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This Proto-Germanic entry contains reconstructed terms and roots. As such, the term(s) in this entry are not directly attested, but are hypothesized to have existed based on comparative evidence.



Uncertain. Often explained as derived from the Proto-Indo-European root *dʰegʷʰ- (to burn), but the loss of the labialization would be irregular; *dawaz would be expected. Kroonen posits instead a root *dʰeǵʰ- (day), from which he says a heteroclitic noun *dʰṓǵʰ-r/n- (day) is also derived, the source of Proto-Germanic *dōgera-/*dōgena- (see *dōg-) and Proto-Indo-Iranian *Háȷ́ʰr̥ (from which Sanskrit अहर् (ahar)) with irregular loss of the initial consonant, possibly in the zero grade.[1] For this root, see also *gēz, Gothic 𐌲𐌹𐍃𐍄𐍂𐌰𐌳𐌰𐌲𐌹𐍃 (gistradagis) and Proto-West Germanic *gesteran (yesterday), all deriving from Proto-Indo-European *dʰǵʰyés.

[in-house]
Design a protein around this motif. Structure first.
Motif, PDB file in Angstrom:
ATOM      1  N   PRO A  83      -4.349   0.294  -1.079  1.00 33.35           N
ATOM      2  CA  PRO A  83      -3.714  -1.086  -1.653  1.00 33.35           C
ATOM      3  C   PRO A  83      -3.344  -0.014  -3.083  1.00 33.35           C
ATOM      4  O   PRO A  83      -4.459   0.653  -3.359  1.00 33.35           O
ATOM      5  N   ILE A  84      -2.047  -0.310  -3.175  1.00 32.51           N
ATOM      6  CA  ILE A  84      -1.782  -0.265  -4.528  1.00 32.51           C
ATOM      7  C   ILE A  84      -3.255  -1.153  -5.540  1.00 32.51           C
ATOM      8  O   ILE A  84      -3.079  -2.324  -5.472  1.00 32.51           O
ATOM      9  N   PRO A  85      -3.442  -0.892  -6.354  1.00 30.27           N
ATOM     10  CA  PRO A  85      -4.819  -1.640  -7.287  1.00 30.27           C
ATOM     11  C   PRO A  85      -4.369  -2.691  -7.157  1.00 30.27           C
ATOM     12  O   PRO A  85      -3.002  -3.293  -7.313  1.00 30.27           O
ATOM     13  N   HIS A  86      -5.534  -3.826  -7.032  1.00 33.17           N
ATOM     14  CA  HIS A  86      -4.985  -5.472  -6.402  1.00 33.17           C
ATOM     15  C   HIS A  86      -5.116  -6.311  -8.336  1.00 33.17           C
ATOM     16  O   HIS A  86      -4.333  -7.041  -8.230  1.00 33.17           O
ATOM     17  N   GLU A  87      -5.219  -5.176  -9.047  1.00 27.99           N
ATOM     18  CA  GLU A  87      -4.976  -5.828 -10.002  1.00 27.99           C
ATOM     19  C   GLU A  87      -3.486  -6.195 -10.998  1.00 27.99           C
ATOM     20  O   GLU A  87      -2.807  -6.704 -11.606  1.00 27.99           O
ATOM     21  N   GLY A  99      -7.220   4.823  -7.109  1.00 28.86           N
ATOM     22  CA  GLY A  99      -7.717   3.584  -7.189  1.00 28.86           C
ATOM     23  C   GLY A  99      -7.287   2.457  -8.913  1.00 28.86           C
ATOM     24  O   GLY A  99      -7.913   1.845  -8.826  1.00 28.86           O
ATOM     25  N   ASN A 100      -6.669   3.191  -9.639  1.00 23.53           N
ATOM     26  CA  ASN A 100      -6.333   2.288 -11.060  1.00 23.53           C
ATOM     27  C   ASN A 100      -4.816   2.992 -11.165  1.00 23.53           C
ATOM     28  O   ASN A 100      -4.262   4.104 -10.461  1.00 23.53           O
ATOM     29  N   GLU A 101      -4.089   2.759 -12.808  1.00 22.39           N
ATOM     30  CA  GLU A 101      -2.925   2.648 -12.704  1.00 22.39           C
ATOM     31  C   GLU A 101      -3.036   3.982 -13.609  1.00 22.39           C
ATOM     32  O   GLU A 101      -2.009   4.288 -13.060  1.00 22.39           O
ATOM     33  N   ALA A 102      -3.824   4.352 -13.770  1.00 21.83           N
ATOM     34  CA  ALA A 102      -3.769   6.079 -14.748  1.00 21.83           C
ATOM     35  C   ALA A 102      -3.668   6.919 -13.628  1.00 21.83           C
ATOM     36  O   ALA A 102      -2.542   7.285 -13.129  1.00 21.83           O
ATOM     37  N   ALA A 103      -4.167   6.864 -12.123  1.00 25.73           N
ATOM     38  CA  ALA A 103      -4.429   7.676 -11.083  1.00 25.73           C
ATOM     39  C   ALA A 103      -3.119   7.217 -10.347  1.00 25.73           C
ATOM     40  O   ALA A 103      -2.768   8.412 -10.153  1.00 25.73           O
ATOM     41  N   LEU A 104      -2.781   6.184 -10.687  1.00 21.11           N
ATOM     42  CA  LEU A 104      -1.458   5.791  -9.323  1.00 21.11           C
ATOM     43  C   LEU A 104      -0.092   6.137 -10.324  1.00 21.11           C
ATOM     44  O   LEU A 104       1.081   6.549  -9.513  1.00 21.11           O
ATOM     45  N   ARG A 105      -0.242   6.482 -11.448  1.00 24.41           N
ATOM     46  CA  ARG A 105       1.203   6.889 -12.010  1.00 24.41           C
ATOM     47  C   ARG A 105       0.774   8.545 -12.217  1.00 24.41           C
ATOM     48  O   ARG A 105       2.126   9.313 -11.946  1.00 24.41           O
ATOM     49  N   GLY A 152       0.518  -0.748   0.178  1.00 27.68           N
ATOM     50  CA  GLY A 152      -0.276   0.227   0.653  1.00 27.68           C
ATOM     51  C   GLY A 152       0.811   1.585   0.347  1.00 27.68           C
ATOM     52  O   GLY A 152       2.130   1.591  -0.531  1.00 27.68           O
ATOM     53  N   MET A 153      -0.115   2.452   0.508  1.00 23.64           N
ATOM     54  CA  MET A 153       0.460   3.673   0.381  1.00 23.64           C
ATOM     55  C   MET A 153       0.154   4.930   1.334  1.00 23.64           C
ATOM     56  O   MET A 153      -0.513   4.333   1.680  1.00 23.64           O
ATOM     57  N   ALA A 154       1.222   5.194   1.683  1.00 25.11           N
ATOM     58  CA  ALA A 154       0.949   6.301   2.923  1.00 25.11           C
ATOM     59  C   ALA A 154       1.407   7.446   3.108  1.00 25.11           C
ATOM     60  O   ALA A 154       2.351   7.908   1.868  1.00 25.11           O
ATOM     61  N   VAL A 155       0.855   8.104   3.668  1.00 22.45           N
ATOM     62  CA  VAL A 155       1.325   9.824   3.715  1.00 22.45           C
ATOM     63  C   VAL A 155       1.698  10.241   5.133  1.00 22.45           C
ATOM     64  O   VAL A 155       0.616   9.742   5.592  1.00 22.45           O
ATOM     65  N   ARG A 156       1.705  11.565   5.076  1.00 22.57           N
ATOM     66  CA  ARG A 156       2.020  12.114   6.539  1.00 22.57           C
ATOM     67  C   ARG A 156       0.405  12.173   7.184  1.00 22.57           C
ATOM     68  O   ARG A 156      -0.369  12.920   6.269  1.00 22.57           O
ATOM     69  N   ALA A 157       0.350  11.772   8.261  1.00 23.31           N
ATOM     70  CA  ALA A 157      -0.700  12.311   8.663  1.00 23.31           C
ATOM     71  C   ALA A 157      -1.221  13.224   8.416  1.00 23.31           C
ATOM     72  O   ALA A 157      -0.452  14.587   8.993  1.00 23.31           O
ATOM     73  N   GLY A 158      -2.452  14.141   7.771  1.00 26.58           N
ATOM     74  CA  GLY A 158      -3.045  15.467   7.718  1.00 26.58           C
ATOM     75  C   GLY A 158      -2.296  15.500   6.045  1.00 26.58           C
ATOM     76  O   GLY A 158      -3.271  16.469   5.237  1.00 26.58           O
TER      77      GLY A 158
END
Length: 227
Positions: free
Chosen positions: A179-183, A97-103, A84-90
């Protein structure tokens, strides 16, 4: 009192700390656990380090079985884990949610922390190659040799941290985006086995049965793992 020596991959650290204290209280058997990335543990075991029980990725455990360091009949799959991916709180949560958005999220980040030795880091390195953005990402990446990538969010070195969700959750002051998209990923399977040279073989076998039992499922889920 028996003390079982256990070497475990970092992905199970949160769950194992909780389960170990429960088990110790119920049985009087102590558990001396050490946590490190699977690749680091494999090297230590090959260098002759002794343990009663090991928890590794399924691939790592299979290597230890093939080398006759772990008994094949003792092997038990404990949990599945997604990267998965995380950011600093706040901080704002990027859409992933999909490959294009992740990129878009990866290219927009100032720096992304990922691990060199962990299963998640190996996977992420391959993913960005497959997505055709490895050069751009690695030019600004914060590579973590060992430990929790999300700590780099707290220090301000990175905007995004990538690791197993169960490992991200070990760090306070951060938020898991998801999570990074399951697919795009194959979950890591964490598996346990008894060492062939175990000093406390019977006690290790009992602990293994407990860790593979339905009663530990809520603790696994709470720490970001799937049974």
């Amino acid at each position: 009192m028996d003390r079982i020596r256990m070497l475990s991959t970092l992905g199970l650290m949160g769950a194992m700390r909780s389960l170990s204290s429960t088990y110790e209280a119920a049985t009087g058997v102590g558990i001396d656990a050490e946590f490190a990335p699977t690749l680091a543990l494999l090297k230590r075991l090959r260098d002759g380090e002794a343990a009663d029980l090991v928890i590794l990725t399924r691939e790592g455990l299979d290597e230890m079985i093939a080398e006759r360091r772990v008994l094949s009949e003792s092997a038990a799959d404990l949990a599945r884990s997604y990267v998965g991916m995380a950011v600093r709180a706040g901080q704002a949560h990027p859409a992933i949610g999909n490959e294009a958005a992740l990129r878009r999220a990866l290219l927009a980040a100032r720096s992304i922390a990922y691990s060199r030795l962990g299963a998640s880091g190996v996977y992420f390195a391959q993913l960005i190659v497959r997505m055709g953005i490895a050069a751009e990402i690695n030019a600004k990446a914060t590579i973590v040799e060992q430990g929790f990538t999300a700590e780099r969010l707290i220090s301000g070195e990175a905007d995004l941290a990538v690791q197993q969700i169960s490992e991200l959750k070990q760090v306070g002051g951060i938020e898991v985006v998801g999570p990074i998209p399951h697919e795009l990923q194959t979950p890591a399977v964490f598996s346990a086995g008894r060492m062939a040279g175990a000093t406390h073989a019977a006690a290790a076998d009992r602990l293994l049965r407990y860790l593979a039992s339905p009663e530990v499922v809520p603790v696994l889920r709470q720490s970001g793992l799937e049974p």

*dagaz m

  1. day
    Synonym: *tīnaz
  2. (Runic alphabet) name of the D-rune ()


masculine a-stemDeclension of *dagaz (masculine a-stem)
singular plural
nominative *dagaz *dagōz, *dagōs
vocative *dag *dagōz, *dagōs
accusative *dagą *daganz
genitive *dagas, *dagis *dagǫ̂
dative *dagai *dagamaz
instrumental *dagō *dagamiz

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  1. ^ Kroonen, Guus (2013) Etymological Dictionary of Proto-Germanic (Leiden Indo-European Etymological Dictionary Series; 11), Leiden, Boston: Brill, →ISBN